Simone server is a Java service that provides Create, Read & Delete operations for Variants and Templates. Testers create Variants on the server either via REST APIs — or through Simone Web UI. Simone server stores the Variant and Template data in Cassandra, which is replicated across multiple AWS regions so that testers don’t need to create Variants in each region. The server uses Apache Kafka to make Variants available to all instances of the domain service. The Kafka topic data is also replicated across the same AWS regions, using Apache MirrorMaker.

Simone client is the interface through which domain services interact with Simone server to perform the operations mentioned above. Simone client subscribes to a Kafka topic for Variant create & delete events and maintains them in an in-memory cache.

Simone Web UI provides the ability to create, view, and delete variants on Simone server. It also provides insights into the lifecycle of a variant and the underlying simulations.

Simulation Workflow

Figure 2: Workflow diagram

As shown in the workflow diagram above, when a Variant is created on Simone server, it publishes a CREATE event with Variant data to a dedicated Kafka topic. Simone client instances running within the context of domain services subscribe to this topic. When a Simone client gets the CREATE event about a Variant, it captures and stores the Variant data it in a local in-memory cache of created Variants. This way, when a production request hits any of these servers, Simone client does not need to make an external request to check if that particular request has any overrides configured. This helps avoid the introduction of additional significant latency in the request path.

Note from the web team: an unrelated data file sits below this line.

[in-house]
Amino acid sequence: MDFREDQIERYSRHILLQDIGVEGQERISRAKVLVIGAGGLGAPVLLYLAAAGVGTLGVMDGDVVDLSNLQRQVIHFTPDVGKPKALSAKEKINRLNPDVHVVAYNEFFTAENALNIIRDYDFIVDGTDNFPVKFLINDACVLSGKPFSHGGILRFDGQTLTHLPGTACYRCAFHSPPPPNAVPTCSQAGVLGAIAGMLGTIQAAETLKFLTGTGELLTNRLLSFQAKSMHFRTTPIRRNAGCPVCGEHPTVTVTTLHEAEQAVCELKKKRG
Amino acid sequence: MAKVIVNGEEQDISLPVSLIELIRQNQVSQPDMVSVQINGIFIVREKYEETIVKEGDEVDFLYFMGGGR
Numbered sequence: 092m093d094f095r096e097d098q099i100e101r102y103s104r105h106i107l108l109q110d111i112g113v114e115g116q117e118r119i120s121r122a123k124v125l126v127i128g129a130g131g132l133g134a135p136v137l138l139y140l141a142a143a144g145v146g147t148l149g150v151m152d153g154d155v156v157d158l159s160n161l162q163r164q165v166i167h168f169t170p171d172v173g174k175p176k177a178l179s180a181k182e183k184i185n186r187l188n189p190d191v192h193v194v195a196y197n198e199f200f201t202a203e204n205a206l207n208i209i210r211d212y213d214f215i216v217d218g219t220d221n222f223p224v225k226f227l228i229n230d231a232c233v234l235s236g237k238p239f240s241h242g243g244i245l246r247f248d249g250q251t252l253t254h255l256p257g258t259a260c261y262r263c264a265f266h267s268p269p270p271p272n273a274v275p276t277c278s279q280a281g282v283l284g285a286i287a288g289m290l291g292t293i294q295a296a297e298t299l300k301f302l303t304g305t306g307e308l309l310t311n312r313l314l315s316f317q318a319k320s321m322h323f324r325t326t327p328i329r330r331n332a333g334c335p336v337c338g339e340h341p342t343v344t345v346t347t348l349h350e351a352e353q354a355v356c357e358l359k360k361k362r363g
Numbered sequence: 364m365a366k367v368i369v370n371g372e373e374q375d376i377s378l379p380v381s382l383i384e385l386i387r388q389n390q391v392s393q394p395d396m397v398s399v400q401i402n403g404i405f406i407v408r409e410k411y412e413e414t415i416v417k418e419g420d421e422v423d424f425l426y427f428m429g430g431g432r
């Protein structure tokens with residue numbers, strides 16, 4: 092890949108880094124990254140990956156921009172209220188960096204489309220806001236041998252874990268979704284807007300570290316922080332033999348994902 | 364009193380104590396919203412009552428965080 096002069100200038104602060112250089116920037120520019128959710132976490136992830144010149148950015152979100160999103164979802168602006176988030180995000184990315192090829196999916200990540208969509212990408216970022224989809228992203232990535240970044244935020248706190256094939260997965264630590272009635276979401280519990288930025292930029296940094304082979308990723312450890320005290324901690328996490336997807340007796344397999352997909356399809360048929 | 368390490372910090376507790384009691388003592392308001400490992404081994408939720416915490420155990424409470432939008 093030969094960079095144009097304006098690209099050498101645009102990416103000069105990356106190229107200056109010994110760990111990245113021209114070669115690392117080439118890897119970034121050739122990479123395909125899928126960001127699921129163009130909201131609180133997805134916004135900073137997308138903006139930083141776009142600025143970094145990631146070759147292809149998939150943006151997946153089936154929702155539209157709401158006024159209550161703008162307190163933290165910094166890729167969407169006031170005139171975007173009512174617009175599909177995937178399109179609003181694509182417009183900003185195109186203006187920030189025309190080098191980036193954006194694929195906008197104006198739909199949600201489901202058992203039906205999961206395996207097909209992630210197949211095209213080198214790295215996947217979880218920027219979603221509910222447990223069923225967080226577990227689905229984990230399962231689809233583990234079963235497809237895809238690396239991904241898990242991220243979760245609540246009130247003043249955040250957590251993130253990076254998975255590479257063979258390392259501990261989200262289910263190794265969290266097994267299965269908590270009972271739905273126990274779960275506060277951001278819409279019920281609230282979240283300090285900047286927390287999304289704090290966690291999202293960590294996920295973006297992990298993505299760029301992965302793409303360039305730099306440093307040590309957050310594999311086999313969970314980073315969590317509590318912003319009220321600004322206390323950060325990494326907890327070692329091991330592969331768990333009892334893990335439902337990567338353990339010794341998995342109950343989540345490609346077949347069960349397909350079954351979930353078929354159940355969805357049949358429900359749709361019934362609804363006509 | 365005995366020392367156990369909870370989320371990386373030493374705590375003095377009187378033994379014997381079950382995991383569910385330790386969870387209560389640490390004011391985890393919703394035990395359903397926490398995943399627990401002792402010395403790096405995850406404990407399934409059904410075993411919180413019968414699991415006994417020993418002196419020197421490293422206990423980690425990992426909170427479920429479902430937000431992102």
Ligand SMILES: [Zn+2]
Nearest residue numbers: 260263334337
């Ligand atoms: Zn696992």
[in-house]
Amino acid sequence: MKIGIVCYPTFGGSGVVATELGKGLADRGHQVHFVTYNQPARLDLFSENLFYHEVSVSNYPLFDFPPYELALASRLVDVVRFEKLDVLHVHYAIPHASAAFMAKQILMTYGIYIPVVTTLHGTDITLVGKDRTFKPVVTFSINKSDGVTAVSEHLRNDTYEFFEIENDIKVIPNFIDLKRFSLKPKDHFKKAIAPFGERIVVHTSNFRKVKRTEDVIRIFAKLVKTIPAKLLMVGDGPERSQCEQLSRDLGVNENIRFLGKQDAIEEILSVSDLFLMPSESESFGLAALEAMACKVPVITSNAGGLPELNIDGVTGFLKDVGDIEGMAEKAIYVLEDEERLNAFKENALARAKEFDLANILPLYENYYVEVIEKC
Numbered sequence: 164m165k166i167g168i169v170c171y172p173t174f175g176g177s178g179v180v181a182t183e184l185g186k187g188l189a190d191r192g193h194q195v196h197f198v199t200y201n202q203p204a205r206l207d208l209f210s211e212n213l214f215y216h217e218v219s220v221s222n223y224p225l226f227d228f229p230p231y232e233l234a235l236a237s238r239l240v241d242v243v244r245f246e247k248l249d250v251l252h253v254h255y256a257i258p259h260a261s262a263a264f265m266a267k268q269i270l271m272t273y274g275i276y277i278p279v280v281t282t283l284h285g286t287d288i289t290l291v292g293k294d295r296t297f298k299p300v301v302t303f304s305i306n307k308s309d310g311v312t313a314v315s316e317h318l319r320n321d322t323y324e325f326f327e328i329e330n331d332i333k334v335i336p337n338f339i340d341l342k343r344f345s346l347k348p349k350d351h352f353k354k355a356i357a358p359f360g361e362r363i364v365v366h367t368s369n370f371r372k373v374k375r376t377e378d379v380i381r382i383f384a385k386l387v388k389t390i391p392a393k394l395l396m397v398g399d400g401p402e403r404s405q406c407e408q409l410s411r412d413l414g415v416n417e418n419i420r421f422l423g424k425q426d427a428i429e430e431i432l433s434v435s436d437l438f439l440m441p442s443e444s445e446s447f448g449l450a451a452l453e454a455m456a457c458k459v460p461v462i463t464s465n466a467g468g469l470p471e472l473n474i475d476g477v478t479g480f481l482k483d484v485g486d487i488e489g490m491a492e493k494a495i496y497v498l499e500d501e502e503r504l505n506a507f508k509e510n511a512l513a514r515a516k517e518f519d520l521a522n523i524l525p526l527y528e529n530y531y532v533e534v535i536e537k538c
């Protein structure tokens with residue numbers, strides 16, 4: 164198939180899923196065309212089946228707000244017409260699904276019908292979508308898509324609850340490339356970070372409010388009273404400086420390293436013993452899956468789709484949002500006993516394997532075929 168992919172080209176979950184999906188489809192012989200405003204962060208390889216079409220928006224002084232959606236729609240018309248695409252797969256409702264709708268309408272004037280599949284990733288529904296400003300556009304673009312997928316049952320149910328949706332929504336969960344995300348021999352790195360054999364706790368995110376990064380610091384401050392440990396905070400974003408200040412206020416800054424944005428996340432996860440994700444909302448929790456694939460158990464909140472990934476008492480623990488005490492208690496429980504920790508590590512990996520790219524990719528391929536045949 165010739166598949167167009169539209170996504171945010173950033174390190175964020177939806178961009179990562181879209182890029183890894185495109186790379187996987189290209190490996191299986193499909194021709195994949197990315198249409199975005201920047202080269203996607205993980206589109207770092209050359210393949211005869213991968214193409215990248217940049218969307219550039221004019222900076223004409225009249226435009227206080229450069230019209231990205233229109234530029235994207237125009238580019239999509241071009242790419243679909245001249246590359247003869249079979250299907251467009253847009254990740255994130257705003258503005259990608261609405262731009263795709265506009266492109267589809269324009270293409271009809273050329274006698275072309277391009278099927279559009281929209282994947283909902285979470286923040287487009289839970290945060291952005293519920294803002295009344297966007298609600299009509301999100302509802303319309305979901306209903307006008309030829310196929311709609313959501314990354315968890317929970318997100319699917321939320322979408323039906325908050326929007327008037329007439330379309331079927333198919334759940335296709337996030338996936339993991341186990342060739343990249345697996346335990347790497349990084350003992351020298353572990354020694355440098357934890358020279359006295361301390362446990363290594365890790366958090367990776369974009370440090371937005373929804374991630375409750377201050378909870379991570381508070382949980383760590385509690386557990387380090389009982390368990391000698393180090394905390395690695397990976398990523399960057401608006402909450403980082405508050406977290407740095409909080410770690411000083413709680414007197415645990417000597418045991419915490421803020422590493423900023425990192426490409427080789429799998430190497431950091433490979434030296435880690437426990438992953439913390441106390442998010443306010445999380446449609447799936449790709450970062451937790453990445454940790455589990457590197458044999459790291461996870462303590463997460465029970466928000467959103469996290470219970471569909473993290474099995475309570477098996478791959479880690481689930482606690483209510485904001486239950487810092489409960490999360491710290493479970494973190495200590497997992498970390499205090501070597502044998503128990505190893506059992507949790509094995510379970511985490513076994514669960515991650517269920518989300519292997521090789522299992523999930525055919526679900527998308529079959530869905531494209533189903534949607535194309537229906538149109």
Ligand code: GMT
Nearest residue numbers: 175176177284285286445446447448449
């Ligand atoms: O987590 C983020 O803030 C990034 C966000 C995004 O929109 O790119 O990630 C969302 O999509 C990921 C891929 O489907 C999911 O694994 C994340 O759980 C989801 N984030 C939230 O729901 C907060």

If the request matches the trigger parameters of a Variant, then Simone client takes over the execution of the template action for that action. This in turn means running the simulation defined in that template. For example, “if a request comes in for this customer account number, send a different, overridden response instead of the regular response”. While executing the simulation, Simone client sends two important messages to Simone server — a synchronous CONSUME request and an APPLY event, which are published to Elasticsearch for querying later.

  • CONSUME request indicates to the server that the client is ready to apply a variant. The server ensures that the variant is still valid before returning a successful response to the client. If the variant expiration is count based, Simone server decrements the count by one. This allows Simone server to honor the variant expiration set during its creation. When the variant count reaches zero, Simone server evicts the variant from its datastore and sends a DELETE request to Kafka so that Simone client instances know to remove the variant from their local cache.
  • APPLY event is sent by Simone client upon successful completion of a simulated request. This is the end of the simulation workflow. Service owners can emit any domain specific logs or information along with this event and testers can consume it through Simone server.